Legend rock guitarist, Javier Bátiz, on teaching Carlos Santana

Legendary rock guitarist Javier Bátiz (Photo/Carlos Alvar)

Legendary rock guitarist Javier Bátiz (Photo/Carlos Alvar)

Javier Bátiz, known as the “Father of Mexican Rock and Roll,” has also been given the Spanish nickname, “Brujo del rock” – “meaning ‘warlock,’” he explains, from as long as he can remember.

“I don’t know why…Maybe they think I’m a brujo, but I like it – it’s better than being called, ‘cockroach!,’” he says in his playful manner.

The name makes sense, considering the definition of a “warlock” is “a male practitioner of magic,” and Bátiz says he’s had an inexplicable talent for playing music on the guitar, piano, saxophone and drums, ever since a young age.

I asked him if he went to school for music.

“There are no music schools in Tijuana,” he says, laughing deeply and with an energy that is contagious.

Bátiz, now 72, and with more than 25 albums under his belt, has lived all his life south of the border in Tijuana, Mexico.

“I still live in the house where I was born in,” says the award-winning musician. Just last year, the city of Tijuana had the street his house is on named after him.

He was 12 when he first started playing the guitar.

“I haven’t stopped since then,” says Bátiz. “My guitar playing is a gift from God. I take it very seriously that God gave me this blessing and to be able to share it. I like to teach people who want to learn. And some that I’ve taught, know more than me now.”

He remembers fondly how he would tell his various friends in high school, “You’ll play the guitar, you’ll play the piano,” until he formed his own band called the TJ’s.

“We’d cross the border to San Diego for Battle of the Bands,” says Batiz.

He then mentions Grammy-winning musician, Carlos Santana, and how they met when they were both young boys.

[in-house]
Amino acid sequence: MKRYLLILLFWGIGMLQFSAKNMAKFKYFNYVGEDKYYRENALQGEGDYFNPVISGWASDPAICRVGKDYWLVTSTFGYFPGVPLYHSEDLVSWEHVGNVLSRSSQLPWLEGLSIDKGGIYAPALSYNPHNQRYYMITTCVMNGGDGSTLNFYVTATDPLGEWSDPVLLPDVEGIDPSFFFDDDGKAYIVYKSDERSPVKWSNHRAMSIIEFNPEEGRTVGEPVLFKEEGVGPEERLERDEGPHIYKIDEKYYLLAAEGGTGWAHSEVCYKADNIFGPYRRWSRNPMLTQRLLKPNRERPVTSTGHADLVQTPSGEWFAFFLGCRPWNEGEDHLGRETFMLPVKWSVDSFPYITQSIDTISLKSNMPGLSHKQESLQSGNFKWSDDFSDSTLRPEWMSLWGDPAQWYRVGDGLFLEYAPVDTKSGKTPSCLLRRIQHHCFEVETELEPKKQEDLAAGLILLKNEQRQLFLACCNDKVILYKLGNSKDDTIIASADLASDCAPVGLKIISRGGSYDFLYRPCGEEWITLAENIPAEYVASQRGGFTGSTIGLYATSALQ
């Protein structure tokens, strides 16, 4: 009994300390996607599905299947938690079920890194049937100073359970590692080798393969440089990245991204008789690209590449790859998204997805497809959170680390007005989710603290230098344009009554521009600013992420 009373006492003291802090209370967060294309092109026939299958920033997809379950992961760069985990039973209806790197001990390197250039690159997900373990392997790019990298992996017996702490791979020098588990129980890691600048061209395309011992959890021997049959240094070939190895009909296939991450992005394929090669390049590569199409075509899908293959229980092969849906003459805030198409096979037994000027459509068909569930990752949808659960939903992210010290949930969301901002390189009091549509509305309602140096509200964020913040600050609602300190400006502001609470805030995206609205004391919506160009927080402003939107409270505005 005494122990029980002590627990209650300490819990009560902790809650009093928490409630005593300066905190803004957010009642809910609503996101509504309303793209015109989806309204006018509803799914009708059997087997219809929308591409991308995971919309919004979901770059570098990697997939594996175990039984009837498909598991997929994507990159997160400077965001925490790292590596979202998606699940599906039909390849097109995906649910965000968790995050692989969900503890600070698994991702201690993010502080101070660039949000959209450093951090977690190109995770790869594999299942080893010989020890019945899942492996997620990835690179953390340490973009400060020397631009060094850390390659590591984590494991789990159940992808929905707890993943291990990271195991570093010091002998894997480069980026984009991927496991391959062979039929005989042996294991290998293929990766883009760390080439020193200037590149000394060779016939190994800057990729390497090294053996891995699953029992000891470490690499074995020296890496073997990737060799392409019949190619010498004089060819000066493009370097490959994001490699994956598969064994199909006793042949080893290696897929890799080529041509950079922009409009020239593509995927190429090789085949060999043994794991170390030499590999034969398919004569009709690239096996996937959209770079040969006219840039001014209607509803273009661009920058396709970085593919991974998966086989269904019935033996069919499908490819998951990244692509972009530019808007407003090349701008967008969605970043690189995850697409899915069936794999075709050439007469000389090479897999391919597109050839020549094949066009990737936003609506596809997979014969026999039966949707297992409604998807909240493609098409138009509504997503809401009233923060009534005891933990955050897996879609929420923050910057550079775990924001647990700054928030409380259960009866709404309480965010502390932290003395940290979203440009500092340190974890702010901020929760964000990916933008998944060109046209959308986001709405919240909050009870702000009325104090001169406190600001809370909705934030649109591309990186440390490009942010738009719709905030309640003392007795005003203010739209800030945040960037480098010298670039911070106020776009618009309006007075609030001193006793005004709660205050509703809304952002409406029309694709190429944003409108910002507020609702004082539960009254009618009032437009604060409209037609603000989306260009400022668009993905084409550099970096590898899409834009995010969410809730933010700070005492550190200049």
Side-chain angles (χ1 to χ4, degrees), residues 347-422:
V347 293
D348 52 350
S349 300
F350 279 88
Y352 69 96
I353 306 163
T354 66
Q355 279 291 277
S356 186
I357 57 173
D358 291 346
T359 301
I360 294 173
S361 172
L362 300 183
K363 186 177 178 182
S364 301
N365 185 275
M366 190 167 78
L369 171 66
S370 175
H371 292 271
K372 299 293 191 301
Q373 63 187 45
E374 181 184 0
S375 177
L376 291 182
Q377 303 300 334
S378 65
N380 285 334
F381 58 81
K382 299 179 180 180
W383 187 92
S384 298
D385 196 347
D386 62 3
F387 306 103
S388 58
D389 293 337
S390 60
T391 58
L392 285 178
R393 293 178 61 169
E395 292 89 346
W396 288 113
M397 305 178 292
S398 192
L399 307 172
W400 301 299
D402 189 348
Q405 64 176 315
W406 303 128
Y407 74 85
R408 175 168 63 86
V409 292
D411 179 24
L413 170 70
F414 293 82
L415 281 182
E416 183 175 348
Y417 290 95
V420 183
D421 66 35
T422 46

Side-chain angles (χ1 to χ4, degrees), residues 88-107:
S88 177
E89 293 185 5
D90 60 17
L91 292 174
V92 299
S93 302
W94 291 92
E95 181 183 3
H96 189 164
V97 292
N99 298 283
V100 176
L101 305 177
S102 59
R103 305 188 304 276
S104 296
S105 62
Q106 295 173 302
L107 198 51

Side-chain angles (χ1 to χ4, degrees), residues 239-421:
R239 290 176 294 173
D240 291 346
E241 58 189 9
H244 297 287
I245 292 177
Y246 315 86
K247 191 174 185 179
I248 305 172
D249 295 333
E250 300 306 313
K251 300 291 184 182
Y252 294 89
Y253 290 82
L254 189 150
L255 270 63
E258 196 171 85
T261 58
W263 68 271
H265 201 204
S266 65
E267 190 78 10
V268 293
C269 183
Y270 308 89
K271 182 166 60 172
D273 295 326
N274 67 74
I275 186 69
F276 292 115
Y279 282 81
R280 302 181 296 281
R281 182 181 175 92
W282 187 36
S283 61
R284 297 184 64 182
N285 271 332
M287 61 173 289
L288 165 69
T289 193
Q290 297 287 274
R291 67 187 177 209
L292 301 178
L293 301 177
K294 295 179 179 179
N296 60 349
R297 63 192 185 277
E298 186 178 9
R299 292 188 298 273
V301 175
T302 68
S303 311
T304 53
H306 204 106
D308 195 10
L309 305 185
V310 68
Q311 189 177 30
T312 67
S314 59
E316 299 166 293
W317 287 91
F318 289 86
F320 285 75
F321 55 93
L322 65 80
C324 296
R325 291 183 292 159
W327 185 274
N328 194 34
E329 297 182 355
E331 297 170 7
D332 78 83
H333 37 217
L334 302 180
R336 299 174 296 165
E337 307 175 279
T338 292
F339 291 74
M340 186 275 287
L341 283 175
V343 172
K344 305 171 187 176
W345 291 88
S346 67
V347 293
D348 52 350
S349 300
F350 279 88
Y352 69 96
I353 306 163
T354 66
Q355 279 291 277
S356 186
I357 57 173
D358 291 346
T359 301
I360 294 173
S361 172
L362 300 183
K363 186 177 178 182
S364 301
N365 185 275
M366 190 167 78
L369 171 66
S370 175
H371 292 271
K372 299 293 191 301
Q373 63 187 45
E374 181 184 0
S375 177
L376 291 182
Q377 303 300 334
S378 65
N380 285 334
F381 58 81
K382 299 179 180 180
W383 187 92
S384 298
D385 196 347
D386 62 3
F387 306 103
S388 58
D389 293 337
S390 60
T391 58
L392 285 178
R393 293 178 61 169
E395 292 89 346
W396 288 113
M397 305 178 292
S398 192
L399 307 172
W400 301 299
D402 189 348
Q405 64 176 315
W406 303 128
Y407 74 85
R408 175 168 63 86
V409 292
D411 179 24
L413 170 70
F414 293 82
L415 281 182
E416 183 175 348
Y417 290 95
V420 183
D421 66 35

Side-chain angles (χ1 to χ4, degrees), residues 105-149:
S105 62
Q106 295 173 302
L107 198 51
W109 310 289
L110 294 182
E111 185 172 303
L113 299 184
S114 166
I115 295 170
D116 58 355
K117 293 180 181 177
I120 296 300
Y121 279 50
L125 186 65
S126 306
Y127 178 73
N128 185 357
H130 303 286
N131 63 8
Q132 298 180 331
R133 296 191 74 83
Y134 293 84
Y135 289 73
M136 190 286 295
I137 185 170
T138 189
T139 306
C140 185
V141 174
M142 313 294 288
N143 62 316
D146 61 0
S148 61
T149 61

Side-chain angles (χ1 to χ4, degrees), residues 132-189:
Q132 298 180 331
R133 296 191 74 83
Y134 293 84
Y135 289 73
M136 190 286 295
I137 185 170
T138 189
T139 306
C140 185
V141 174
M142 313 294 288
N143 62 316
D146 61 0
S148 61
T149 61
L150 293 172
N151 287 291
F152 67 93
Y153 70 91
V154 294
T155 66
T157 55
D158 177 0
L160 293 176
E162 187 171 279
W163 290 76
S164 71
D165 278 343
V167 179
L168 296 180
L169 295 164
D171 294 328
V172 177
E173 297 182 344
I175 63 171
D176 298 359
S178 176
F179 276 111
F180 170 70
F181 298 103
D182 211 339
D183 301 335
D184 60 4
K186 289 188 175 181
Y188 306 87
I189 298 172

The young Javier Bátiz in the 1950's. (Courtesy Javier Bátiz)

The young Javier Bátiz in the 1950’s. (Courtesy Javier Bátiz)

“Santana’s mom saw me playing in a bar in Tijuana, and she brought him over,” says Bátiz, who was around 15 at the time. “She knew Santana wanted to play like me. I shared everything I know from my guitar to him.”

Bátiz says Santana started playing with him when he was 12, and he stayed playing with him for about six years.

“He left to San Francisco in ’65,” continues Bátiz. “I went to Mexico City…We are still really good buddies, and we try to get together when we can.”

Bátiz continues to say it was when he moved to Mexico City that his music career really took off. He was heavily inspired by music by the blues sounds of B.B. King, Elmore James and Little Richard, which was pretty much unheard of in Mexico at the time.

“I used to sing ‘Sweet 16,’ and they loved it…I worked with the big, famous musicians, and then I got married, and it all went to hell,” says Bátiz, laughing whole-heartedly again.

“I’ve been married four more times,” says Bátiz. “But this time – Claudia and I – we’ve been together 25 years.”

Although, they’ve been together for the past quarter decade, as Claudia Madrid plays the drums accompanying Bátiz, they just officially tied the knot last year.

“We’re grandparents. It’s beautiful – it’s really great,” says Bátiz about what makes their relationship solid. “We travel, we work, we go to the movies, we go to the Sizzler and Popeye’s [he laughs again]. The music will keep us together. We play good music, and we have a lot of fun.”

The 8-member Bátiz Band just played in Chicago, after having been in Los Angeles – where Bátiz was honored by the city on October 7 — and then they’ll go to Mexico City, and New York next month.

“I’m very thankful, because I can still play,” says the musician. “I write the songs and play them – I play the piano, sax, all the instruments…It’s very natural. It’s a blessing.”

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